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. Last Updated: 07/27/2016

London Firm May Be Linked to Scandal

NEW YORK -- Investigators in New York are looking into a now-defunct London law firm for clues to the genesis of the Russian money movements through the Bank of New York that are now under federal investigation, according to officials with knowledge of the investigation.

The officials said the firm, Talbott, Creggy & Co., was first investigated by British and U.S. authorities for its role in setting up offshore shell companies that were supposedly involved in money laundering and stock fraud. The firm was subsequently disbanded and two lawyers have been arrested.

These investigations identified links between some of the suspect offshore companies and two companies - the Benex International Co. and Becs - now identified as the primary pipelines through which at least $7.5 billion from Russia has moved through the Bank of New York since 1996.

The link brought investigators from Britain's National Crime Squad to New York in the fall of 1997 seeking the assistance of the Manhattan District Attorney, Robert Morgenthau.

Investigators said the Talbott, Creggy law firm had set up a number of shell companies for Russians, some of which had dealings with Benex.

The exact source of the Russian funds at the Bank of New York is still unknown. While a significant portion was apparently related to tax and customs duty avoidance schemes, investigators believe the funds also may have involved organized crime proceeds, corporate embezzlement and possibly political graft. No charges have been filed in the United States, but a grand jury has been impaneled in the matter.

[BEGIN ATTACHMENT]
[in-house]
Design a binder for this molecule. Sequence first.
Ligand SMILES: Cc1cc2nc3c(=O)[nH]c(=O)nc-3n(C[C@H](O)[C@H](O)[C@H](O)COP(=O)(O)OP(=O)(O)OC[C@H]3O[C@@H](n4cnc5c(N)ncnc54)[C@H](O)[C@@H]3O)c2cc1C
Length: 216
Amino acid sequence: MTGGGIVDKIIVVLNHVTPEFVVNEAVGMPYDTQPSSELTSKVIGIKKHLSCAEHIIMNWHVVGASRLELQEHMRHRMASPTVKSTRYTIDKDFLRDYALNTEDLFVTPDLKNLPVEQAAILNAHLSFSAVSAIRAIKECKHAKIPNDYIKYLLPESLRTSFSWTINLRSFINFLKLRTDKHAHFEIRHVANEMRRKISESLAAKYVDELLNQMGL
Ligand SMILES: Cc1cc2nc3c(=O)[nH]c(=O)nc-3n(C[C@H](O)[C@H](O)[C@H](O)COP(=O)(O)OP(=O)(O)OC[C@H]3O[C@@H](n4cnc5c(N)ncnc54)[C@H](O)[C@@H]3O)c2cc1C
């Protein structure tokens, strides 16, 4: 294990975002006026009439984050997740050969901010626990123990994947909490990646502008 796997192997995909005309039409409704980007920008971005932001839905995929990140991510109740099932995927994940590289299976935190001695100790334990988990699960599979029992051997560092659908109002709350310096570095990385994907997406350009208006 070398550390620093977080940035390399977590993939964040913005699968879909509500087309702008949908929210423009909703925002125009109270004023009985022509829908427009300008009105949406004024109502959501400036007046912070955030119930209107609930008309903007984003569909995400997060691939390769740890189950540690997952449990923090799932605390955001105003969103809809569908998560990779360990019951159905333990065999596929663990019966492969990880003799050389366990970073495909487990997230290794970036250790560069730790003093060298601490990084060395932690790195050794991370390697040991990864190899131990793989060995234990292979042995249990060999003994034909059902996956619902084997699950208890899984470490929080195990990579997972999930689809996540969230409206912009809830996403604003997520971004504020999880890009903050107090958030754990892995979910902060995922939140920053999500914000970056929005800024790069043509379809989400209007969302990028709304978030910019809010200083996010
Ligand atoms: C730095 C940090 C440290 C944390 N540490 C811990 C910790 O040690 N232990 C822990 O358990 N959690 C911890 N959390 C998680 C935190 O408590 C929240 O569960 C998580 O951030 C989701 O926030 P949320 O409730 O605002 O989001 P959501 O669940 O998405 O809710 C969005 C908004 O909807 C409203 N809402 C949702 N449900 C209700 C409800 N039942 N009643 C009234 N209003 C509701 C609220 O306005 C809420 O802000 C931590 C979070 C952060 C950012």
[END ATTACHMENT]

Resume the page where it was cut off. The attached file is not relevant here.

In the case of the London law firm, two lawyers, Andrew Warren, 43, and Stuart Creggy, 60, were arrested by British authorities in 1998 on money laundering and stock fraud charges and are still in custody in Britain. The two men could not be reached for comment.

Warren was indicted on stock fraud charges in June by Morgenthau. He is trying to extradite Warren so he can be tried in the United States.

Law enforcement officials said shell companies set up by the British firm did business with Benex and Becs, and investigators believe that Warren can play a crucial role in unraveling much of the mystery that surrounding the companies.

An examination of Benex and Becs in 1997 led Morgenthau's office and Britain's National Crime Squad to the Bank of New York in early 1998.

According to a March 1998 memo from the district attorney's office to the U.S. Customs Service, hundreds of thousands of dollars a week were moving through Benex into Bank of New York accounts controlled by a Russian living in London and New Jersey who could not be located and whose background remains unclear.

The FBI began examining the Bank of New York in September 1998. The bank has not been charged with any crimes. Talbott, Creggy's former offices were in a brownstone in central London that housed three other law firms. British and U.S. authorities say the stock fraud scheme was hatched from these offices and included bribes supposedly paid to a former African diplomat to help register shell companies in Africa. The Manhattan District Attorney's Office believes that a similar scheme may have been engineered for Benex.